Man Without Qualities

Sunday, March 30, 2003

The ICC Simply Must Go III

My prior posts here and here and here were not correct - or at were least misleading - in an important respect.

Saddam Hussein falls within what is sometimes called the "traveling dictator" exception to International Criminal Court (ICC) jurisdiction. That is, because Iraq is not a party to the Rome Statute that establishes the ICC, he cannot be prosecuted by the ICC for any crimes committed within Iraq, no matter where he travels. He can be prosecuted for war crimes committed in countries that are signatories to the Rome Statute and otherwise covered by ICC jurisdiction. However, it is by no means clear that Saddam Hussein has committed crimes subject to ICC jurisdiction in Rome Statute member states. Kuwait, for example, is a signatory to the Rome Statute - but ICC jurisdiction is not very retroactive and doesn't cover crimes committed ten years ago. Although it is by no means clear (at least to me) that Hussein has not committed ICC covered crimes in Rome Statute member states, it would not be enough to cite acts of genocide and terror committed by him within Iraq in order to prosecute him in the ICC.

On the other hand, the US, also a non-party, can be prosecuted when it acts within a signatory state.

Two further perverse points:

First, if Iraq were a signatory to the Rome Treaty, the ICC could not promise him immunity. In this sense it is non-pragmatic.

Second, and also perversely, although Iraq is not a signatory, Hussein could consent under Article 12(3) of the Rome Statute to jurisdiction of the ICC, thereby exposing the US to ICC jurisdiction.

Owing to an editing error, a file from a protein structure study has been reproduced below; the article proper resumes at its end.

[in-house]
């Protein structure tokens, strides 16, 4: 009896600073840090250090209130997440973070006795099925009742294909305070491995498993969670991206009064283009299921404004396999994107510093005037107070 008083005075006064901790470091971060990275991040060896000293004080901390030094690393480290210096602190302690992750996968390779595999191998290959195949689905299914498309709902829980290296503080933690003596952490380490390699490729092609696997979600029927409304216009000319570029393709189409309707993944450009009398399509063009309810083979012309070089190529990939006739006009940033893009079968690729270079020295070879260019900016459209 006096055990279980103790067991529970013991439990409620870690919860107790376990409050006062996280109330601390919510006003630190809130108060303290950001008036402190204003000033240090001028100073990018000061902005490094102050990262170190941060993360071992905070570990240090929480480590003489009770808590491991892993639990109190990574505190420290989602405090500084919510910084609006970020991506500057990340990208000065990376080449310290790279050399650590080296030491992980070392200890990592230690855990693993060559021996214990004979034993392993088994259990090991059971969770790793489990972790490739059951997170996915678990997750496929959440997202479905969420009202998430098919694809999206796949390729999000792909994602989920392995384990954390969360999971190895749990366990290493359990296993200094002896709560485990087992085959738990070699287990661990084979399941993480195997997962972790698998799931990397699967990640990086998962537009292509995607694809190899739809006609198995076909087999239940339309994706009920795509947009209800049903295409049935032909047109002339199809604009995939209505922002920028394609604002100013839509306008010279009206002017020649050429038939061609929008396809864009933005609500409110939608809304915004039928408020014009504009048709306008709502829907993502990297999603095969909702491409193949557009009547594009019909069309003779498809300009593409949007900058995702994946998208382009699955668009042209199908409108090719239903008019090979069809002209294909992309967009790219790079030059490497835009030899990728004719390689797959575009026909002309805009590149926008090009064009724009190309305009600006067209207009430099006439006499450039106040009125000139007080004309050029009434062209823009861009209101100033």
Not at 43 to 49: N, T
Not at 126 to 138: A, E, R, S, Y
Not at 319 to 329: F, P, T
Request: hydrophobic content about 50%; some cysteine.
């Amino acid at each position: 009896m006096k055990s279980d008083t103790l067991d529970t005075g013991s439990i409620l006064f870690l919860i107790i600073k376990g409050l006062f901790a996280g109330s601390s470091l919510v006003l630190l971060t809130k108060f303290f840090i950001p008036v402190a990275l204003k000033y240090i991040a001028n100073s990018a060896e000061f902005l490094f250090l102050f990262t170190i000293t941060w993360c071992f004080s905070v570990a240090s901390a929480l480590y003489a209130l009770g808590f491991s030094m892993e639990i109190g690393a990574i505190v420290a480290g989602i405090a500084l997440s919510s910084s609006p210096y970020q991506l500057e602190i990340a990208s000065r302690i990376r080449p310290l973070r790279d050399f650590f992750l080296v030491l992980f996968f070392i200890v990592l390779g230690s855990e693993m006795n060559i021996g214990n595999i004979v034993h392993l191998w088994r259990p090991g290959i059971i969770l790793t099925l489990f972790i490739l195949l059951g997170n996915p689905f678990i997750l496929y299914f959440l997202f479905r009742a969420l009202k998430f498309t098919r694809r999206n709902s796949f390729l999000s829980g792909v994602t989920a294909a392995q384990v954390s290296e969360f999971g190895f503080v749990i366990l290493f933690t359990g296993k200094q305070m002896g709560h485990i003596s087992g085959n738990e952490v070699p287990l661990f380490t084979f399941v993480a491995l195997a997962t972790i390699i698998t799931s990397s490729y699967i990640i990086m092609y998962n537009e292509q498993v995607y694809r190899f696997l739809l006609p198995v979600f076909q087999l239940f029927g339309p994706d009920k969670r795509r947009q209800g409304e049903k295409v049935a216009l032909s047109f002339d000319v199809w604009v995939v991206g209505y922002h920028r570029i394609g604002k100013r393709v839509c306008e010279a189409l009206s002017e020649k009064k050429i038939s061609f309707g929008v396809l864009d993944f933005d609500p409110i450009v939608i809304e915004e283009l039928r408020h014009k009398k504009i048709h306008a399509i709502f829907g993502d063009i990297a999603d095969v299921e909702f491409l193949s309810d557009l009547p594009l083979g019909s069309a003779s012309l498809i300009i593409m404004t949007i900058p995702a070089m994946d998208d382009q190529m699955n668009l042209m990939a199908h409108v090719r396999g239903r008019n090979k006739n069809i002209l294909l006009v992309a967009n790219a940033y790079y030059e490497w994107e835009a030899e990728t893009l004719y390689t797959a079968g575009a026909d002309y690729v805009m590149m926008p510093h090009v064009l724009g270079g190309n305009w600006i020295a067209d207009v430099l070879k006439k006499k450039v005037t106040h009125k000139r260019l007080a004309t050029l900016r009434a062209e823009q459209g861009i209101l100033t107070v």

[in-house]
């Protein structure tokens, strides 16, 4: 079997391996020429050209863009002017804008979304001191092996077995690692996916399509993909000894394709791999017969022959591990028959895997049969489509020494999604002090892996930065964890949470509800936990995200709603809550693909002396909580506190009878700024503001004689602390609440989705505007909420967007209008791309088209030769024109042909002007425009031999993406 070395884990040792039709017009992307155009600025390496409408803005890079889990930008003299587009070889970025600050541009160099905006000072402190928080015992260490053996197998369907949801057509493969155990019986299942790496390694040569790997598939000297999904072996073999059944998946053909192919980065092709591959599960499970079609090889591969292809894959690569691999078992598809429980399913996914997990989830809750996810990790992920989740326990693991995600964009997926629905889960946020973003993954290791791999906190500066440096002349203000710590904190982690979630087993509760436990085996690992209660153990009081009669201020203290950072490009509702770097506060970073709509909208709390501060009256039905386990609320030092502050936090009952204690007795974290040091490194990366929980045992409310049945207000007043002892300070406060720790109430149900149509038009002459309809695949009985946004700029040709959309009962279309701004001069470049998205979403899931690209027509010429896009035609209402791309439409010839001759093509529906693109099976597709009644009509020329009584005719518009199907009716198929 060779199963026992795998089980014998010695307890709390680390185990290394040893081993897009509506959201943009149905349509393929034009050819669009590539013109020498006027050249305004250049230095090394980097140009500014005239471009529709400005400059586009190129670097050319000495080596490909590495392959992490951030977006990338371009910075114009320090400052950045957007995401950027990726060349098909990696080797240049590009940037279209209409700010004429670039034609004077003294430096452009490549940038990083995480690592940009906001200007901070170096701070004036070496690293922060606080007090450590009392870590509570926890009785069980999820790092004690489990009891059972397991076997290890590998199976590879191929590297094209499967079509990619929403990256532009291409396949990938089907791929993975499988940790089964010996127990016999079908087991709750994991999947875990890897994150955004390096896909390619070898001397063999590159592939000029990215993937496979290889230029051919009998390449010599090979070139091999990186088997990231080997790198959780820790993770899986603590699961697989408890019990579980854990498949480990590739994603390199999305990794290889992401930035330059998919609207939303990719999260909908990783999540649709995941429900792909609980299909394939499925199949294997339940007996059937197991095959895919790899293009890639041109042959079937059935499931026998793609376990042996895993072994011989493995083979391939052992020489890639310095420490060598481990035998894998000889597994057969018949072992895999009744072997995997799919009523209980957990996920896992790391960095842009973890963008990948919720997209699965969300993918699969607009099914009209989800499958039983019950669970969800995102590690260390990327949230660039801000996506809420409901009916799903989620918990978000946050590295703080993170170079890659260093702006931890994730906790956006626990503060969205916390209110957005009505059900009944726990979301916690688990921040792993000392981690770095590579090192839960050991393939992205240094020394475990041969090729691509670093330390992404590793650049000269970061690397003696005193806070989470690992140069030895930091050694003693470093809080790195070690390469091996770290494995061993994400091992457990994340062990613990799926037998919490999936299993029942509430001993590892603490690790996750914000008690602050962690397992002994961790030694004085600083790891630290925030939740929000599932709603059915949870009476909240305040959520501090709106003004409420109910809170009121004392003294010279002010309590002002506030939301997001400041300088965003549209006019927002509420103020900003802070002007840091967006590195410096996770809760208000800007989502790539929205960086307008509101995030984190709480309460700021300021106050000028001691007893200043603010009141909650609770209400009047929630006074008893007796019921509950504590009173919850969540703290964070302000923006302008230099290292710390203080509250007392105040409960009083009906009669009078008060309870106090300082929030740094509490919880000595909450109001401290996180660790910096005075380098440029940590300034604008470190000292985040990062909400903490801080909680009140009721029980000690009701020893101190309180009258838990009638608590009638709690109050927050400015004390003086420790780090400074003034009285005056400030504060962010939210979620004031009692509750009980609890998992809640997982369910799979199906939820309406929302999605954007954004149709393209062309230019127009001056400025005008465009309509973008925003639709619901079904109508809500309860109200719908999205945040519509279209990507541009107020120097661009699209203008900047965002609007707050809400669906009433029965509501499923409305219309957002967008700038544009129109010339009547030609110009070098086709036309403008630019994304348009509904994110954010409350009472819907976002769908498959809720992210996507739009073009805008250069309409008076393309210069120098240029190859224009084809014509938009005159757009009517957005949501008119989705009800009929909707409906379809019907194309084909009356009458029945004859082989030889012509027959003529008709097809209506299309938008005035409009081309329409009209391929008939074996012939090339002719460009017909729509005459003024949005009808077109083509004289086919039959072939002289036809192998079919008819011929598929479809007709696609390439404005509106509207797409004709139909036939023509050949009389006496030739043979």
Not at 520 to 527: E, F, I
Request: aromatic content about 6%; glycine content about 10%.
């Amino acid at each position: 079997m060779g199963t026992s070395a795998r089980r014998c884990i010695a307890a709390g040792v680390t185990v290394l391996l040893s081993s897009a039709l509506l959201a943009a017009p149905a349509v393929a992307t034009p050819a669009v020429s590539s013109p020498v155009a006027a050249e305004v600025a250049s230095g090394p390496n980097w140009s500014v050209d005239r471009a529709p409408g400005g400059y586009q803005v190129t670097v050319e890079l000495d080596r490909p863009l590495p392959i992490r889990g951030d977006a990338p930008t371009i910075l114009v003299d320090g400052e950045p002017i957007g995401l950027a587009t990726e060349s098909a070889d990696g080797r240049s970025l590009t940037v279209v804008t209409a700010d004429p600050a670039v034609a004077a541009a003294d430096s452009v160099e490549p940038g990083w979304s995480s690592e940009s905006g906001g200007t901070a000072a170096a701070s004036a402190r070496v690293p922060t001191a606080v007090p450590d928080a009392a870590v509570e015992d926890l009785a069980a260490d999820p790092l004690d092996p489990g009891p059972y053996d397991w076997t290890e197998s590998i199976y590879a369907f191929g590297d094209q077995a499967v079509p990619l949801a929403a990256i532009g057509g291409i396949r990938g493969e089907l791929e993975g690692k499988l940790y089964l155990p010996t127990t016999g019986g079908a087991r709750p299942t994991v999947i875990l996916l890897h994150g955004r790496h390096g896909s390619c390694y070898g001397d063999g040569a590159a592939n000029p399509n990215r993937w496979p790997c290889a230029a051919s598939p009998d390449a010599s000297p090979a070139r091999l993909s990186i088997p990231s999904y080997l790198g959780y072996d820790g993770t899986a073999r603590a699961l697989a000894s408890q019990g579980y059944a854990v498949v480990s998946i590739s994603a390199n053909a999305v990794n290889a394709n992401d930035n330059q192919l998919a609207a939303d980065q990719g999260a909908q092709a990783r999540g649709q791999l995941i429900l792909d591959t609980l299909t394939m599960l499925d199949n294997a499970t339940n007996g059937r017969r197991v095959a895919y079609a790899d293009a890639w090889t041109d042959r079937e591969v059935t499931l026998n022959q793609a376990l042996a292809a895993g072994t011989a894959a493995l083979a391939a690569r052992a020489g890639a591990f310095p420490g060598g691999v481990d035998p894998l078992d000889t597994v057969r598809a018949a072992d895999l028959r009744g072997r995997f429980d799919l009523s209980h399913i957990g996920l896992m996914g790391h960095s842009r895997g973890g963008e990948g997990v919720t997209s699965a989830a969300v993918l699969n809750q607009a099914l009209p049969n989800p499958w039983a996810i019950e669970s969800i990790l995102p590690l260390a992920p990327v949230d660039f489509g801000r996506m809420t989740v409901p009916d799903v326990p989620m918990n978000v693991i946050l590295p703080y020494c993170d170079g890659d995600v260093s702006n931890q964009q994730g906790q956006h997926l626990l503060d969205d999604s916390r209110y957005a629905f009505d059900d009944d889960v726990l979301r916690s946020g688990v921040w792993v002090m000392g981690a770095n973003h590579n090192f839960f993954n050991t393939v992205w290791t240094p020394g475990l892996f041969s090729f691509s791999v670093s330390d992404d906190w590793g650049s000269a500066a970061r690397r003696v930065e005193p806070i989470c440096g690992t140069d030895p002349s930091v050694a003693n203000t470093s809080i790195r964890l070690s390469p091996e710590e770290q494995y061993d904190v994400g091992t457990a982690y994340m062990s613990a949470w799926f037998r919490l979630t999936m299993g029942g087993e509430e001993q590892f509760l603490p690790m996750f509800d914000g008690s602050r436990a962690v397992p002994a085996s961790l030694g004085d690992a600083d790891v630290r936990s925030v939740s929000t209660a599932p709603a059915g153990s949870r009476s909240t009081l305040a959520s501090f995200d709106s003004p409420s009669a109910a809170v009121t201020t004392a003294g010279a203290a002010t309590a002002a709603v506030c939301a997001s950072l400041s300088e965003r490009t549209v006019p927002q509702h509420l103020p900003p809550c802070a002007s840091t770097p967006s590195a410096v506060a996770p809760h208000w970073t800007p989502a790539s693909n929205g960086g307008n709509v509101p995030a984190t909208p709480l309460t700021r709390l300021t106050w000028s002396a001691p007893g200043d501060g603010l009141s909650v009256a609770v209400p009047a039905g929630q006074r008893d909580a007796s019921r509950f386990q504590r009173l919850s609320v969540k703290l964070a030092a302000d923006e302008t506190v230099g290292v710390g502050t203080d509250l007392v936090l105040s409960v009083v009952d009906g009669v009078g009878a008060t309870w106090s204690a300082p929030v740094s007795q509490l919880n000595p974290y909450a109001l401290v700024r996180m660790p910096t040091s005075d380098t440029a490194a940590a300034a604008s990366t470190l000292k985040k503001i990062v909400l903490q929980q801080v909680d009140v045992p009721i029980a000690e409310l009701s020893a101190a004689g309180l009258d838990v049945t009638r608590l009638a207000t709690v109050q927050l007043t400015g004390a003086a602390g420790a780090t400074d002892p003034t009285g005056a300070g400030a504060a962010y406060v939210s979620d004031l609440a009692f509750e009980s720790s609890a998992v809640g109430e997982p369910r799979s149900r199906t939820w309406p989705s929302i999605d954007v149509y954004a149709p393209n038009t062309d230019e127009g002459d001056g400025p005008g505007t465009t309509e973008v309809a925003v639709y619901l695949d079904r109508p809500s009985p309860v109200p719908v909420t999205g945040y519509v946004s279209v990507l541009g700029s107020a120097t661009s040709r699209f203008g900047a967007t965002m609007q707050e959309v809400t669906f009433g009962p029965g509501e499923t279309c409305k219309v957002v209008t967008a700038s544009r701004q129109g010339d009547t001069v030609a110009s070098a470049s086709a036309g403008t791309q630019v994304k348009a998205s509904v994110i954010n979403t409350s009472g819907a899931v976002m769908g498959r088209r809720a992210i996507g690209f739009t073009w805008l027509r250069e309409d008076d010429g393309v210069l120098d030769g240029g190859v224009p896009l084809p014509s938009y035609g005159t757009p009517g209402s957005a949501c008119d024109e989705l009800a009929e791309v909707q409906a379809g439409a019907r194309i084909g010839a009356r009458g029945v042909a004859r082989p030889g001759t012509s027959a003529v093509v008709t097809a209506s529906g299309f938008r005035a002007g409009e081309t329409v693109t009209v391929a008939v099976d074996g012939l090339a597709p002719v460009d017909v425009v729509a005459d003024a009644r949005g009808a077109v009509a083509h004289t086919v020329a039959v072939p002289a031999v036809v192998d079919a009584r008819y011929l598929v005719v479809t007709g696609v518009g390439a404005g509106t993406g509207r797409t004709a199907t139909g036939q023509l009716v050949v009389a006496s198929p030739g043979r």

At this time, it is simply not clear to me whether a post-Hussein government of Iraq could consent to ICC jurisdiction over Hussein retroactively.

In my prior posts, I had to some extent confused the jurisdiction of the ICC with the jurisdiction of the International Criminal Tribunal For the Former Yugoslavia - which claims jurisdiction over war crimes committed within the former Yugoslavia without that country having agreed to any treaty or other act establishing the court. I apologize to my readers for that sloppiness.


Further research shows that a post-Hussein government of Iraq could consent to ICC jurisdiction retroactively - thereby exposing Hussein to ICC jurisdiction for prior crimes committed after July 1, 2002, when the ICC's jurisdiction began. Because there almost certainly will be a new government of Iraq in a short while, it appears that neither France nor Bahrain nor any other party to the Rome Statute could have granted Saddam Hussein safe haven with assurances against his future ICC prosecution for crimes committed by him in Iraq post July 1, 2002. Indeed, if Hussein had left Iraq before the current War began on terms acceptable to the US, a new government of Iraq capable of consenting to retroactive ICC jurisdiction over Hussein would have been an immediate certainty. This appears to make the ICC a substantial obstacle to encouraging the departure of dictators - even where their country has not signed the Rome Statute.

A related question: If post-Hussein Iraq consents to ICC jurisdiction retroactively, would such consent necessarily expose the US to ICC jurisdiction - or could a post-Hussein government simply consent to ICC jurisdiction over Hussein? This question appears not to have a clear answer under the Rome Statute.

FURTHER UPDATE: The United Nations must try President Bush and his allies as war criminals, a top Indonesian politician demanded Monday.

Because neither the US nor Iraq is party to the Rome Statute, the ICC could not be used for this purpose. However, if a government of Iraq or the US were to consent to retroactive jurisdiction, a criminal trial of President Bush before the ICC and brought by its unaccountable prosecutors would be permitted by the Rome Statute.

Comments: Post a Comment